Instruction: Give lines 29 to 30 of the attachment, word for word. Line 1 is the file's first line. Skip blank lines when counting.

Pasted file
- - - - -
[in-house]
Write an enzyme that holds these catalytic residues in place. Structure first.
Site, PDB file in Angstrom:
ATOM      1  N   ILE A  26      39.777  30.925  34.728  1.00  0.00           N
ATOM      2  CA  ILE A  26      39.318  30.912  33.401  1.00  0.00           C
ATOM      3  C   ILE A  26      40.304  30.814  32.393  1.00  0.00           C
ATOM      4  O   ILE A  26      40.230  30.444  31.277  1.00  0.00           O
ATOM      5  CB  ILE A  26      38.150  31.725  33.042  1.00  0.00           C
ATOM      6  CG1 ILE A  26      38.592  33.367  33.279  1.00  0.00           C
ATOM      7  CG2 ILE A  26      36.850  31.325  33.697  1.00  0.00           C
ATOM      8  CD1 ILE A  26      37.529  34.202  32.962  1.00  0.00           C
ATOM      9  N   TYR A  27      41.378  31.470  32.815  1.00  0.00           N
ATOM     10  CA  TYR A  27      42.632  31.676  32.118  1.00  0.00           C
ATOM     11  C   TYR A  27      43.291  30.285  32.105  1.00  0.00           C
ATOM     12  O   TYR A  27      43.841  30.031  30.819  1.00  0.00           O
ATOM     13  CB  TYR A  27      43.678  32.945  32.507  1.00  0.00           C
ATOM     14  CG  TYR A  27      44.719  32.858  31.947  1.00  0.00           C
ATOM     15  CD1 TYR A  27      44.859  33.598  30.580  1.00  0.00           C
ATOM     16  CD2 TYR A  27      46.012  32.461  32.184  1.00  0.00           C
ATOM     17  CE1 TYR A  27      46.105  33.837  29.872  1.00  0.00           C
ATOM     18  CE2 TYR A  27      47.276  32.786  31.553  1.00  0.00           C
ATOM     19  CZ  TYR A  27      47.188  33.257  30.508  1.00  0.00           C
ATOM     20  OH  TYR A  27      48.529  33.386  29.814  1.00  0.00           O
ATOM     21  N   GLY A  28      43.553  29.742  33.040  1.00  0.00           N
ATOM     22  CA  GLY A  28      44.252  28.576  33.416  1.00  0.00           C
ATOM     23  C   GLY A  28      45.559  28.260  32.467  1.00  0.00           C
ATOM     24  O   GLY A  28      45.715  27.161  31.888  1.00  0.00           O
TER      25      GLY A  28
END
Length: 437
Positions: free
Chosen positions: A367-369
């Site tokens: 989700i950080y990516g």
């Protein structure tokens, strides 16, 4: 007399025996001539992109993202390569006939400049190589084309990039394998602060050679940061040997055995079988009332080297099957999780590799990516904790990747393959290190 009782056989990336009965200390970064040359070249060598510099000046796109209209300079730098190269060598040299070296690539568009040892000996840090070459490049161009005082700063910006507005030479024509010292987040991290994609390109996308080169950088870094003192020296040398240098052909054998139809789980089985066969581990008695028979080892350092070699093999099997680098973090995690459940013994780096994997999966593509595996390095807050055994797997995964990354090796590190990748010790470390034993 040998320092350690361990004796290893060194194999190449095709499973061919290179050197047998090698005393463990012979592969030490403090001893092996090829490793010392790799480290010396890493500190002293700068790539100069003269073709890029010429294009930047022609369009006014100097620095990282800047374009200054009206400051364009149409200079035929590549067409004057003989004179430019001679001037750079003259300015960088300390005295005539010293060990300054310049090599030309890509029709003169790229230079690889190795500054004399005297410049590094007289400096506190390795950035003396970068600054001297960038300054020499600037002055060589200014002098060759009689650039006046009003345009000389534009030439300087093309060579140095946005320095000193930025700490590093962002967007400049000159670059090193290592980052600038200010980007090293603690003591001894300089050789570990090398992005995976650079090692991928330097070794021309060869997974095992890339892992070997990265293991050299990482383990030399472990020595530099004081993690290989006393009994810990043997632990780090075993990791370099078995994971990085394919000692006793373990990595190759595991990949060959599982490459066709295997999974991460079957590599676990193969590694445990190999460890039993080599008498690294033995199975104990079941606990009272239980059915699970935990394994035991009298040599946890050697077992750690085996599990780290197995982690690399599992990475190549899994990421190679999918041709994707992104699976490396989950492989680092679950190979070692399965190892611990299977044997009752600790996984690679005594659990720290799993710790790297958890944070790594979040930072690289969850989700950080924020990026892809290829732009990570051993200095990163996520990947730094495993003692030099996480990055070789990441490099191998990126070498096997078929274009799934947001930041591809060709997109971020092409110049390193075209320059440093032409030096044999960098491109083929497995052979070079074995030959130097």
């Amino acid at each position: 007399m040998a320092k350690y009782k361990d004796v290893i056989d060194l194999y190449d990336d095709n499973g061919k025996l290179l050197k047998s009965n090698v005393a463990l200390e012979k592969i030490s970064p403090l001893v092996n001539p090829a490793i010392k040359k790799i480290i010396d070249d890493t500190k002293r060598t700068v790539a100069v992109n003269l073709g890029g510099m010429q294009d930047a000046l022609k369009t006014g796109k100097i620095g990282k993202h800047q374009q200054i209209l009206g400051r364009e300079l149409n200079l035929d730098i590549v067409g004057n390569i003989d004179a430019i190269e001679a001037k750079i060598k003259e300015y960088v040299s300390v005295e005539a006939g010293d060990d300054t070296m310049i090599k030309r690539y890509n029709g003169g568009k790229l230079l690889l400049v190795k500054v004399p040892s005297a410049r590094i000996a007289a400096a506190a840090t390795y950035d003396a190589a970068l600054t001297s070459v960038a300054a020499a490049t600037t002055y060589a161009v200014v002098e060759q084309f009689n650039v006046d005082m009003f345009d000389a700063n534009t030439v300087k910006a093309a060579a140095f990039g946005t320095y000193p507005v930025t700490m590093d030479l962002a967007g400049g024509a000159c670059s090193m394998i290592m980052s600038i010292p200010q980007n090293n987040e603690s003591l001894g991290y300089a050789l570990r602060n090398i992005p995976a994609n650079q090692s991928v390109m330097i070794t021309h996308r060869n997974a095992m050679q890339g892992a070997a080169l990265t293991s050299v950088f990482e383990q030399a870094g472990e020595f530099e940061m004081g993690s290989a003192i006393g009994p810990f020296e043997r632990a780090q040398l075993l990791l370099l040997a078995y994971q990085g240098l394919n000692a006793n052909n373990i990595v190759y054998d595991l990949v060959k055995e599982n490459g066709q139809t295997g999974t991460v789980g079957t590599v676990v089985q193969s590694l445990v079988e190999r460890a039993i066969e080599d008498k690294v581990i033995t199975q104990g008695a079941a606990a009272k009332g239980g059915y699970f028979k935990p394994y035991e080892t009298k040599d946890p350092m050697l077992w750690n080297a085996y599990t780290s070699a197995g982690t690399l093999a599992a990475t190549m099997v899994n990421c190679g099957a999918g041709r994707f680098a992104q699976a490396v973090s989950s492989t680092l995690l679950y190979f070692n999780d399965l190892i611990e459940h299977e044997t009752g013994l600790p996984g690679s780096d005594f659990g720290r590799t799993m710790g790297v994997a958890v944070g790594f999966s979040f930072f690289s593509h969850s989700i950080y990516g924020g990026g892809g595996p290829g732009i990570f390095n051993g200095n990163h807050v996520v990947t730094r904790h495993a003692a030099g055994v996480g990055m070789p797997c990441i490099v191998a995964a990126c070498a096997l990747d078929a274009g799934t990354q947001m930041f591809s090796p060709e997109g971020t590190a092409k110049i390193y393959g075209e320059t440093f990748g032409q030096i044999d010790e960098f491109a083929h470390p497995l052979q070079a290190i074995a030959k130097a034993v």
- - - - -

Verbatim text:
END
Length: 437